After we were charmed and almost hypnotized by the beauty of her amazing second album, simply titled ‘two’ (coming out of the Bergen-based label Playdate), we had a chat with Eva Pfitzenmeier, better known as By The Waterhole, her solo-project with which she wisely intertwines jazzpop and bluesy nuances, association-filled poetry, blossoming melodies and her evocative voice within a personal definition of loop-based music. Enjoy the reading and, possibly, the listening…
Chain D.L.K.: Hi Eva! How are you?
By The Waterhole: Very well, thanks! Tired, though (with a 3-month old baby in the house, that’s rather natural I guess…).
Chain D.L.K.: Let’s look back before speaking of current events and a hopefully bright future… what’s the most remote memory related to music you have (besides the maternal bass)?
By The Waterhole: Probably my dad playing the piano (a lot of jazz standards, Bach and Schubert is what I remember best) and a stuffed animal in the shape of a ladybug with a music box inside. Unfortunately, I don’t remember what tune it played, but I remember that I loved it soooo much!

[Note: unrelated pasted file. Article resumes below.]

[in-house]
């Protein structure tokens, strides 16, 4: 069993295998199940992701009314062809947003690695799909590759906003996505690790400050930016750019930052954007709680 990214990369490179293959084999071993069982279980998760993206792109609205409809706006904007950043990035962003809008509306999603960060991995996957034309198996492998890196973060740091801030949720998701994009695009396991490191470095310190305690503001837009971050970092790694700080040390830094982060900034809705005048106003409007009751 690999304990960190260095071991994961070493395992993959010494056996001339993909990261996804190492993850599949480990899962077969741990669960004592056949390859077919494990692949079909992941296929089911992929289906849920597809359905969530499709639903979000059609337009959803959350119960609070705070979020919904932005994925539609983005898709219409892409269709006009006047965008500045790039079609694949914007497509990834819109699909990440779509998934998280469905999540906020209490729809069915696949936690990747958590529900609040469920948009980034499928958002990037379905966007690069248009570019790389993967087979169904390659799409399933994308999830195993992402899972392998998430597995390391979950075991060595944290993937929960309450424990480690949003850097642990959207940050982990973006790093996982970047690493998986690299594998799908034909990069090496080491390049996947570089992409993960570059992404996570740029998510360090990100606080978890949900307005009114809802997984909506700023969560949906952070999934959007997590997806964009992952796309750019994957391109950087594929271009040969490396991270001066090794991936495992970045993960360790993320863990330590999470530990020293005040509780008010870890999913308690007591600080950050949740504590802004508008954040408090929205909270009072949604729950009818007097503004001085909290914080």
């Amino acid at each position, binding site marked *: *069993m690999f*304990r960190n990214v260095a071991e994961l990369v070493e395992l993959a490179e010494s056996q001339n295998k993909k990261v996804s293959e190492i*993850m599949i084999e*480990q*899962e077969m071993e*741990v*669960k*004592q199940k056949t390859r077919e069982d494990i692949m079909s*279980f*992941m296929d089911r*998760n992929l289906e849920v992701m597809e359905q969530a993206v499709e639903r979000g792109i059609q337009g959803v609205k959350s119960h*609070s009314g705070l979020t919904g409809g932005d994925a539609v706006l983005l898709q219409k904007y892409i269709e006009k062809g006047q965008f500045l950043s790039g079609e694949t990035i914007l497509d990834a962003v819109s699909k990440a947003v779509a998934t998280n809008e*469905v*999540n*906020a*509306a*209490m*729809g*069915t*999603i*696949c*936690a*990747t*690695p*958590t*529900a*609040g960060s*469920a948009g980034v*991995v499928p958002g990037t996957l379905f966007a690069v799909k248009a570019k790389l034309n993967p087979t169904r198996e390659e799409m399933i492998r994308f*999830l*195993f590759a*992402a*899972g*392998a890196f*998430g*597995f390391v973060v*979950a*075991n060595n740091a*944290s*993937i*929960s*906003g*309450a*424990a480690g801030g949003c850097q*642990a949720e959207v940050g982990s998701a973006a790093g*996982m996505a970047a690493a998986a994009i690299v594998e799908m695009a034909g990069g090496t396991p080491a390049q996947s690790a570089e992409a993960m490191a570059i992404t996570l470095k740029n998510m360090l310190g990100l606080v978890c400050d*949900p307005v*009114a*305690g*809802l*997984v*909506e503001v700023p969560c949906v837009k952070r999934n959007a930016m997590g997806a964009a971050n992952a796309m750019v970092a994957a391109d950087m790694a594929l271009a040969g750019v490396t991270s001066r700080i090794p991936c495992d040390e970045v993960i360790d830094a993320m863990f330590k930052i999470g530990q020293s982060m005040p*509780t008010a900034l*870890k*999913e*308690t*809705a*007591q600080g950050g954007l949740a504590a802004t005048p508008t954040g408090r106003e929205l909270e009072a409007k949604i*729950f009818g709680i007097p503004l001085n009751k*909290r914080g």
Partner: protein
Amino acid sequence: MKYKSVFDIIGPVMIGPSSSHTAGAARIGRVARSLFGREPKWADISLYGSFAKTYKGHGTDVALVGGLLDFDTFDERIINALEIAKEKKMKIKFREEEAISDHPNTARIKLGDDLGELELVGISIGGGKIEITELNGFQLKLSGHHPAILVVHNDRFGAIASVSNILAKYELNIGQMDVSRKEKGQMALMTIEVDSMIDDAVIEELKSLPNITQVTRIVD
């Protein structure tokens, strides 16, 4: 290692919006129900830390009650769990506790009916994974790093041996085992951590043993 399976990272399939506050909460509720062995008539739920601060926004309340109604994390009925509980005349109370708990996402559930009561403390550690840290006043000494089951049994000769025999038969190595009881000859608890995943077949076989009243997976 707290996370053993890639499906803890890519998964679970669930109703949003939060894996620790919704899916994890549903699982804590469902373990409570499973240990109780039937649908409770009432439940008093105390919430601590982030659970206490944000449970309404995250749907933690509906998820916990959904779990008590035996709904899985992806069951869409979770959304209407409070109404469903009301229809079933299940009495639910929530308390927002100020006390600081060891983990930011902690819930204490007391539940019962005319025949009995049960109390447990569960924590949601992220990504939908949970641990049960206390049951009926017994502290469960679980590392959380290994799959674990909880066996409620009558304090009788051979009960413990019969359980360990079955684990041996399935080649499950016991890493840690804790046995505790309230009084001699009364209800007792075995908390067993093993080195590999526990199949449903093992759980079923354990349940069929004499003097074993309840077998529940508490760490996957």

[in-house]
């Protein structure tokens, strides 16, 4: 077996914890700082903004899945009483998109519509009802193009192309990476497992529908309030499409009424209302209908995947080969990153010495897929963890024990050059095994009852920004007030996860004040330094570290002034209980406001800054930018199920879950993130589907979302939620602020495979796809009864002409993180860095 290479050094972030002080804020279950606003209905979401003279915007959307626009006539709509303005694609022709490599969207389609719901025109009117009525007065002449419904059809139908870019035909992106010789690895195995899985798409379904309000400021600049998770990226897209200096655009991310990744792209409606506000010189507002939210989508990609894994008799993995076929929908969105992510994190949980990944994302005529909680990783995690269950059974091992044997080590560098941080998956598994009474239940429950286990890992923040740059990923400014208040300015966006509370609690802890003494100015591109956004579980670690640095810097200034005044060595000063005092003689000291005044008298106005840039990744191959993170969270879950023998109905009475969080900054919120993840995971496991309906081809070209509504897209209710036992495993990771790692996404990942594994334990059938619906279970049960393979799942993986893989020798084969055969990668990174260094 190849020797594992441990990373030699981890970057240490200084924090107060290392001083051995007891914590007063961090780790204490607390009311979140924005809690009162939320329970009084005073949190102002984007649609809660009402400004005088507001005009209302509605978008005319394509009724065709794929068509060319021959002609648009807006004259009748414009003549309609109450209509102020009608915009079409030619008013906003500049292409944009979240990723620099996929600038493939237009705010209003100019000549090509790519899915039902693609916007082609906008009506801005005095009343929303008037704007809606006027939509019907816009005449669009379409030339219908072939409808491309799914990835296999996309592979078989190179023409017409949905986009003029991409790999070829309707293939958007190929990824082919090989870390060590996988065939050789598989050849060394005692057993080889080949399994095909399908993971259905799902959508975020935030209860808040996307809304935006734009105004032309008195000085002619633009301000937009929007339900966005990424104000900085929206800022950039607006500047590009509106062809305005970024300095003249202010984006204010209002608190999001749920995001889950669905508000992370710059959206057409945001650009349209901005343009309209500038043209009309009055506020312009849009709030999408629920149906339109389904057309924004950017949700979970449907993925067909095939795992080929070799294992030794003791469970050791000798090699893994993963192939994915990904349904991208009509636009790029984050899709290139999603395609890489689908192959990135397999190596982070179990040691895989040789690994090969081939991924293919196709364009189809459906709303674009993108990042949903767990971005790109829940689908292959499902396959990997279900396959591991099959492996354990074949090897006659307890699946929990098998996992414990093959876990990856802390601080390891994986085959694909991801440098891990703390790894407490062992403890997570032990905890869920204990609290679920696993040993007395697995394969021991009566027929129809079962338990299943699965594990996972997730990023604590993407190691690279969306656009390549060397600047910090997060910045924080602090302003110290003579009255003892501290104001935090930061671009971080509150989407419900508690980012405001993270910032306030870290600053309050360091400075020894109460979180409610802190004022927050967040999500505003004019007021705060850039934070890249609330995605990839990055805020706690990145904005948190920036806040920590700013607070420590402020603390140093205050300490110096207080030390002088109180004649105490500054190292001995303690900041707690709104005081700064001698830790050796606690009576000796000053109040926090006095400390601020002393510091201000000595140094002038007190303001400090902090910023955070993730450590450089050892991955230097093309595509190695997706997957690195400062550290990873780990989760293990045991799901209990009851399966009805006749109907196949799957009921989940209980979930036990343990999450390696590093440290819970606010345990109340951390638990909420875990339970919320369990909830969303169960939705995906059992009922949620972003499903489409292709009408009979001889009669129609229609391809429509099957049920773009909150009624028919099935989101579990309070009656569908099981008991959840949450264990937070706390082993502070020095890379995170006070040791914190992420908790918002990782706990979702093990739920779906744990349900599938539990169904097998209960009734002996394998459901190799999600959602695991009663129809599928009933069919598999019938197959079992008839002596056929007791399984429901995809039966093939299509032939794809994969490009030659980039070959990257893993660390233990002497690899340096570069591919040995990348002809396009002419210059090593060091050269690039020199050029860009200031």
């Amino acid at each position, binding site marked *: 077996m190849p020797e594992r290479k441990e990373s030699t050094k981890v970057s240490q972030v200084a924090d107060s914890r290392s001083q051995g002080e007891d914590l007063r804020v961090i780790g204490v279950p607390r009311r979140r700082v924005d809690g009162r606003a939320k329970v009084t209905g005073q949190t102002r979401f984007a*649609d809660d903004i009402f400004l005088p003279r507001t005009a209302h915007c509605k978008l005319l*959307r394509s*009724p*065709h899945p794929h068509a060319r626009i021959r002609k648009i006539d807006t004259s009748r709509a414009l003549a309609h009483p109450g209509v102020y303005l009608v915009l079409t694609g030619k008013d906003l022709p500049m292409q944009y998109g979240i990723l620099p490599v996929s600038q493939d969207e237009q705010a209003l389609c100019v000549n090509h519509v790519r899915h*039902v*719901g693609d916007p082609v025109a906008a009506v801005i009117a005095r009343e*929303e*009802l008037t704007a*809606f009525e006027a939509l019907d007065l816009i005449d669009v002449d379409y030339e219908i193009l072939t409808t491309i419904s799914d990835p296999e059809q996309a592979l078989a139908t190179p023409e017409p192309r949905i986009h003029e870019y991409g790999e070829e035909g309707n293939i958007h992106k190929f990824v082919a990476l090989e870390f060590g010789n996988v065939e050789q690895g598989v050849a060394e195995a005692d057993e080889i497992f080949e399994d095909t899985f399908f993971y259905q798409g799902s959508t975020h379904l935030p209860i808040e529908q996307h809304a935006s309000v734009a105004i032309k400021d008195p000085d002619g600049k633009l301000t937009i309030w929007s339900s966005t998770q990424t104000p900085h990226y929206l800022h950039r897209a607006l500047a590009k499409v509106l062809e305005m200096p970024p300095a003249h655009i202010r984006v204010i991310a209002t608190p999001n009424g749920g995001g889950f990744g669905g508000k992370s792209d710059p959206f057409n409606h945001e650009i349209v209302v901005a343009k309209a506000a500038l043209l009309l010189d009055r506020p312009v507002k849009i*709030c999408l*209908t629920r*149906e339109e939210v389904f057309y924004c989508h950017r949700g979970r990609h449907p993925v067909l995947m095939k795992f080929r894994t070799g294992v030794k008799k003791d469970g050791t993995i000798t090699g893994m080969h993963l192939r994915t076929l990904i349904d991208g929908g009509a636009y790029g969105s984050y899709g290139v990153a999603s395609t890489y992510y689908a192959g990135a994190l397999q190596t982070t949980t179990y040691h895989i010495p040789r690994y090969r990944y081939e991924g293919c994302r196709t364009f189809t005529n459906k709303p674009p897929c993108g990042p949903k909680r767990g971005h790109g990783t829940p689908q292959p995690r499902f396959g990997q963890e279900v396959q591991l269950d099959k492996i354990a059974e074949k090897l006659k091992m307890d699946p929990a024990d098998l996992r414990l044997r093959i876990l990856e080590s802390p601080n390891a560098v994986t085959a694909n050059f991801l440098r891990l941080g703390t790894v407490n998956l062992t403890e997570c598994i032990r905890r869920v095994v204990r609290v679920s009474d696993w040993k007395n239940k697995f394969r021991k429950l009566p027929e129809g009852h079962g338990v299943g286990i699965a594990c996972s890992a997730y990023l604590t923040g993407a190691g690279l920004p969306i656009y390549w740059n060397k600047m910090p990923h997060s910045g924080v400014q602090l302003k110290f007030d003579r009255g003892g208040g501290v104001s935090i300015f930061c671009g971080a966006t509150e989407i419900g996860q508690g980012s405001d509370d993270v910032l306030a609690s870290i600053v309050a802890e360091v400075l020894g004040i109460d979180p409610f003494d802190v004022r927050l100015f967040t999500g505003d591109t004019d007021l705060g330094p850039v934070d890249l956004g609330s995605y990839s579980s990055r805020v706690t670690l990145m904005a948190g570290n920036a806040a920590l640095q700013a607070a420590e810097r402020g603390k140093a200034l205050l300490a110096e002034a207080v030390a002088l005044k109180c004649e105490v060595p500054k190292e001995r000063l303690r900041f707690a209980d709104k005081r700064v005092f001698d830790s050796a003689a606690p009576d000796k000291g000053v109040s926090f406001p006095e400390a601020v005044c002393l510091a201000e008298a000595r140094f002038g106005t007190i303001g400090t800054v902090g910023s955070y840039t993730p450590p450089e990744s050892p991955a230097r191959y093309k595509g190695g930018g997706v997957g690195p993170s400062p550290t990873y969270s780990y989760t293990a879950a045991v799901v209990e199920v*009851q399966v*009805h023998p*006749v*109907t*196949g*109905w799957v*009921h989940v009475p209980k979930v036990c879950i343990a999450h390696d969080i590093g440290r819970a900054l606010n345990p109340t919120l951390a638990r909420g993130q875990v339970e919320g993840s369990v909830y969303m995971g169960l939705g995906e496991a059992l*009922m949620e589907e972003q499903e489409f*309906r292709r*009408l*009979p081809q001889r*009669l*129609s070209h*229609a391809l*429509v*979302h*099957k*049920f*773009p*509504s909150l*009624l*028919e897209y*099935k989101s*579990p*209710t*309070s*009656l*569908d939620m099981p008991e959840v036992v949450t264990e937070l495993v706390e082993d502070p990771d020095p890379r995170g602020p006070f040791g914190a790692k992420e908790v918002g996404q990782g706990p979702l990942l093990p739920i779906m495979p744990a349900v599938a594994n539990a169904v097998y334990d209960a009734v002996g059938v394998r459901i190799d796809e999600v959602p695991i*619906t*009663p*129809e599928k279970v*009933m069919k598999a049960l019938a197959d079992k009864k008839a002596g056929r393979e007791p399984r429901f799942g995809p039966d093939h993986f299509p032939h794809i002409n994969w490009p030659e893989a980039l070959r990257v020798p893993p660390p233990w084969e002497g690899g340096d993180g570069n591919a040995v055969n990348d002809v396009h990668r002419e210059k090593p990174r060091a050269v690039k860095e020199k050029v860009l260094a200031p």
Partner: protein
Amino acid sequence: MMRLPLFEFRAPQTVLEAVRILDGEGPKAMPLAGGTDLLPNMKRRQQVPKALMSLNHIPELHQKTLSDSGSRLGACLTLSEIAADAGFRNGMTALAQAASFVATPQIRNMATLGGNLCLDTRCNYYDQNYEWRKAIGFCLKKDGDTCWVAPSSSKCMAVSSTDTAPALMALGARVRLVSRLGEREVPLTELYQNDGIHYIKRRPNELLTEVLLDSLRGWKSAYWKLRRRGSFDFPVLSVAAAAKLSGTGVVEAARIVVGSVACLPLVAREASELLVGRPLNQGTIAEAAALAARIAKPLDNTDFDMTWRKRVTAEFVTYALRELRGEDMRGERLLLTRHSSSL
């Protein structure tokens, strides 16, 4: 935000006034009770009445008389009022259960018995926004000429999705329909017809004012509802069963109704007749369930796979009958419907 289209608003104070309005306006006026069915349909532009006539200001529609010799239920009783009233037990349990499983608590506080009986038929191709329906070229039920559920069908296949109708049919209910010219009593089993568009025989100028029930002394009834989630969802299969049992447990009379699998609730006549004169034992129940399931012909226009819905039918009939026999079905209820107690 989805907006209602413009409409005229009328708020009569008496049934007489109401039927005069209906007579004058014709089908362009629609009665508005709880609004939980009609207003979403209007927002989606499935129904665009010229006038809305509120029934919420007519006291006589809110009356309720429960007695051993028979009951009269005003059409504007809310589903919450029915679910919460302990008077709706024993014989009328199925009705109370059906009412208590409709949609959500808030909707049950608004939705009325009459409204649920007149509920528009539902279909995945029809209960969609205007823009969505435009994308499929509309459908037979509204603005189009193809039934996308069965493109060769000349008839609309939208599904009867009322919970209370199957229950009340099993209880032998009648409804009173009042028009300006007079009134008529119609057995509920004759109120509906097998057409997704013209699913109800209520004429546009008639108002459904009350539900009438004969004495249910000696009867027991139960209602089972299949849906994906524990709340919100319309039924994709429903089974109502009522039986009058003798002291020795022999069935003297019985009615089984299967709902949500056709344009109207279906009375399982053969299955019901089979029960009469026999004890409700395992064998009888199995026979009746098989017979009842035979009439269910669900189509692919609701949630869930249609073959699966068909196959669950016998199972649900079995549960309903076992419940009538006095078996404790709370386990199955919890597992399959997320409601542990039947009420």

Chain D.L.K.: I wrote that you started singing in churches when you were a teenager. Do you think that religious beliefs or some sense of belonging to a community could help in getting closer to art in general?
By The Waterhole: That’s not entirely correct. I did sing in churches, but that was when I was very young (maybe 6 or 7 years old) – and then just as the “audience.” Back then I liked going to church, only because of the fact that there would be singing involved. The rest of the service I found rather boring…
As a teenager I sang in churches occasionally, but not because I was religious, but because I really liked gospel – the energy and the bluesy, improvisational character of it.
I think it’s often rather the other way around – art helps create a sense of belonging and community. I also think that this is exceptionally true for music. Music is perceived differently than, for example, visual art, and has a much more direct way into our emotions, which again play a very important part in feeling a connection with others.